British MEPs stand to receive a £17,000 pay rise under a salary and expenses deal approved yesterday by members of the European Parliament.
The increasing strength of the euro against the pound has inflated the current value of the €102,000-a-year salary far beyond the £56,358 currently paid to MEPs.
British Labour and Conservative MEPs voted against the package in an attempt to avoid reviving the outcry over the Brussels-Strasbourg "gravy train".
But MEPs from across the rest of Europe voted to accept the package, introduced after five years of negotiations to introduce a flat-rate salary for all members of the Parliament.
They also voted to exempt MEPs from British tax and national insurance, and instead charge a special EU income tax of between 15 per cent and 17 per cent.
The package, which intro-duces curbs on MEPs' travel expenses, is due to be implemented at the end of the next Intergovernmental Conference on the future EU constitution, probably in a year's time.
At present MEPs receive salaries in line with those paid to members of their national parliaments. That has led to wide variations in pay between MEPs from different countries.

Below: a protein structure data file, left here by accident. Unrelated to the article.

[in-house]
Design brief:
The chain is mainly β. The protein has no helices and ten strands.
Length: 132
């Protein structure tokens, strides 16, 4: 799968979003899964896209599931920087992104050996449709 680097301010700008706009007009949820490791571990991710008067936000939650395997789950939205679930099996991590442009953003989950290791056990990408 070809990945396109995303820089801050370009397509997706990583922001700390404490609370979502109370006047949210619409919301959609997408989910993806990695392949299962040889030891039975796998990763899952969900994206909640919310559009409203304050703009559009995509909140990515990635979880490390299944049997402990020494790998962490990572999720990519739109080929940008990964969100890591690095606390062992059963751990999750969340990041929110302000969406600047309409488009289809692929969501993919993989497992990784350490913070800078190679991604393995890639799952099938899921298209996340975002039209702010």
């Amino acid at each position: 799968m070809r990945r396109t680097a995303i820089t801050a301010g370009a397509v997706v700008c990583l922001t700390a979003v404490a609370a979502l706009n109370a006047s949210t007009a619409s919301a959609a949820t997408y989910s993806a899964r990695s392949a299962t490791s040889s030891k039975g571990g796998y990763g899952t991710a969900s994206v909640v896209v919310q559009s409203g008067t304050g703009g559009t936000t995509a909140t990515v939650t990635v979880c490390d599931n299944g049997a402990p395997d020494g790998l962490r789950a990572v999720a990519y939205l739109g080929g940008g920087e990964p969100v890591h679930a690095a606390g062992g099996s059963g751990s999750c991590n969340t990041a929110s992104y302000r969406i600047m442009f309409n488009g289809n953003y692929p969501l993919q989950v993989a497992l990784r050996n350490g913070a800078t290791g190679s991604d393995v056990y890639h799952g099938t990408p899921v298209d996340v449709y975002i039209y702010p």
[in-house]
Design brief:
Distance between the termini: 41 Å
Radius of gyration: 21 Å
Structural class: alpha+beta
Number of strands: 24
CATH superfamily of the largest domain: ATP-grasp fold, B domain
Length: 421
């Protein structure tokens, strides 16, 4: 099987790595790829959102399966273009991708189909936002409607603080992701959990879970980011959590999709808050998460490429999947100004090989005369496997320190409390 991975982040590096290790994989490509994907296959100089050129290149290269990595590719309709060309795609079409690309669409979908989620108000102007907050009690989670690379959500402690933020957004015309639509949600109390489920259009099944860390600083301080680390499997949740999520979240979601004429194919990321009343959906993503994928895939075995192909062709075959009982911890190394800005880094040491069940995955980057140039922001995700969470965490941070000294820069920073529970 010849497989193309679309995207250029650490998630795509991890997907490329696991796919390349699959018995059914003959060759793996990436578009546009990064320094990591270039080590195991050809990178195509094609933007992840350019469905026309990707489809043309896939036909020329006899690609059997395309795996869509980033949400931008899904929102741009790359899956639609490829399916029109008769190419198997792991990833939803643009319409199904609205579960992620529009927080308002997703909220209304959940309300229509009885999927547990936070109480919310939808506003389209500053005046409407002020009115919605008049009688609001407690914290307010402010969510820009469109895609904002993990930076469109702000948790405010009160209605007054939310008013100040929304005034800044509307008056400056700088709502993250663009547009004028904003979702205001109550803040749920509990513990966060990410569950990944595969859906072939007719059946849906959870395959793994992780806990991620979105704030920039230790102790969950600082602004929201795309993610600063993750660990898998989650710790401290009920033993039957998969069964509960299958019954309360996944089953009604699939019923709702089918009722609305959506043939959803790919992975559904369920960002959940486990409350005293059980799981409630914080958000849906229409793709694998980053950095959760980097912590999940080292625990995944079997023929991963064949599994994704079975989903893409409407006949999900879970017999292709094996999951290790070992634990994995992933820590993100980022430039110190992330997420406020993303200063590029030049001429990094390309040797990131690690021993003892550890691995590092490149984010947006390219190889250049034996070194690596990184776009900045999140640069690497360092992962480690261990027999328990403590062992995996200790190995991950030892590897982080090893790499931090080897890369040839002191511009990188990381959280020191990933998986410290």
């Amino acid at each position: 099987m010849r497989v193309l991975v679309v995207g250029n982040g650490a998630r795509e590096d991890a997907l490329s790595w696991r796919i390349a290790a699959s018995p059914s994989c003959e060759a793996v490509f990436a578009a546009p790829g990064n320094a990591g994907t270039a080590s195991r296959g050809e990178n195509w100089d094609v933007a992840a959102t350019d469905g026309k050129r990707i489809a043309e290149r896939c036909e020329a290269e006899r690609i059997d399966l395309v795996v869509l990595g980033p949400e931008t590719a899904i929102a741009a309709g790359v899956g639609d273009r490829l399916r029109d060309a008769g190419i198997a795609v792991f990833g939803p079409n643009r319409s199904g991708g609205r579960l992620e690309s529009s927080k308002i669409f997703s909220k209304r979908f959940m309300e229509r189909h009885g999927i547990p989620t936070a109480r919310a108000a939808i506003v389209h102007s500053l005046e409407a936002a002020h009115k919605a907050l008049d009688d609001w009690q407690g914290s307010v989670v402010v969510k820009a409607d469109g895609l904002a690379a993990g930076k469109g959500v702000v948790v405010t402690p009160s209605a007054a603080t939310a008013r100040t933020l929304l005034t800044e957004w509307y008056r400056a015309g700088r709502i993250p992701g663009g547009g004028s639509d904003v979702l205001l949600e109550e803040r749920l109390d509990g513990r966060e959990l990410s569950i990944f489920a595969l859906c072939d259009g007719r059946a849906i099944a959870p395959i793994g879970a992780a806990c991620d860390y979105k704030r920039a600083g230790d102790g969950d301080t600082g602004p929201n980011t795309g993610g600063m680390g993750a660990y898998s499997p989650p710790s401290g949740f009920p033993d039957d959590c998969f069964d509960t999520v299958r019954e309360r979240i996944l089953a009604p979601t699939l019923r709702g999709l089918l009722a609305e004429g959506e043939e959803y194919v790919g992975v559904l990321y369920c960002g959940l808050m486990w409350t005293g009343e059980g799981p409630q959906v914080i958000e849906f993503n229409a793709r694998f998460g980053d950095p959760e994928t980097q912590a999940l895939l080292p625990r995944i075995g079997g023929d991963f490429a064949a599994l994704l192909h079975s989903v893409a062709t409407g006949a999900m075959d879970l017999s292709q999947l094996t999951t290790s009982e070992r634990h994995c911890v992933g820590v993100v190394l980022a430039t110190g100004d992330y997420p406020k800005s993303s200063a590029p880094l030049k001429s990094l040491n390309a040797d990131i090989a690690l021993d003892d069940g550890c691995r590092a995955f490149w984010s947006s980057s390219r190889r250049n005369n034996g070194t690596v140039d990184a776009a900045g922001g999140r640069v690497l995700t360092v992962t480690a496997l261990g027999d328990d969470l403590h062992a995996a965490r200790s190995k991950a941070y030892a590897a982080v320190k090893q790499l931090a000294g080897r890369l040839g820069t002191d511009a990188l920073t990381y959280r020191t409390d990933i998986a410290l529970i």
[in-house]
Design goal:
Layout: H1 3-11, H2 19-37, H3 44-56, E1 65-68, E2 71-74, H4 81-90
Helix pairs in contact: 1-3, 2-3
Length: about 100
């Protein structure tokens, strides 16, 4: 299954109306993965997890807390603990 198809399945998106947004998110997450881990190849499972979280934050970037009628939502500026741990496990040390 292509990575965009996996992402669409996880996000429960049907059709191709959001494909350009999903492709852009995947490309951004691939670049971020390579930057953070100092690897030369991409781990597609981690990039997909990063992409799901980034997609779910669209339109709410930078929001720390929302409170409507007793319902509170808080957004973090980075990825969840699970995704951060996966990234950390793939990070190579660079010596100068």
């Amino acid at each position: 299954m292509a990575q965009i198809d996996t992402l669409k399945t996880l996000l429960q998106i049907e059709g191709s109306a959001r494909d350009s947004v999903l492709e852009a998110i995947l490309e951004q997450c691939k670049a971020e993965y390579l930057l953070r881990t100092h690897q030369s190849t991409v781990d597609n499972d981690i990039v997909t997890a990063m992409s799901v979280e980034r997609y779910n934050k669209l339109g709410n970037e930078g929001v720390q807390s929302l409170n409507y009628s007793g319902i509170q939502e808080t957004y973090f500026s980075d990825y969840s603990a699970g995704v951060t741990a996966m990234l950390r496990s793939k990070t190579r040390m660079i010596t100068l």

The new flat-rate deal would give them all €8,500 a month, which was worth about £64,000 a year for British MEPs in July last year when the pay rate was set, but has now increased to £73,000. A slump in the euro would slash the value of the salaries in Britain.
The pay package cracks down on travel perks for MEPs, forcing them to claim no more than the actual cost of travel and other business expenses for the first time.
Jonathan Evans, leader of the Conservative group in the Parliament, said: "We have consistently voted for the pay of British MEPs to match that of an MP at Westminster. We are also determined to ensure that MEPs pay the same tax as their constituents. For those reasons we could not support the proposals."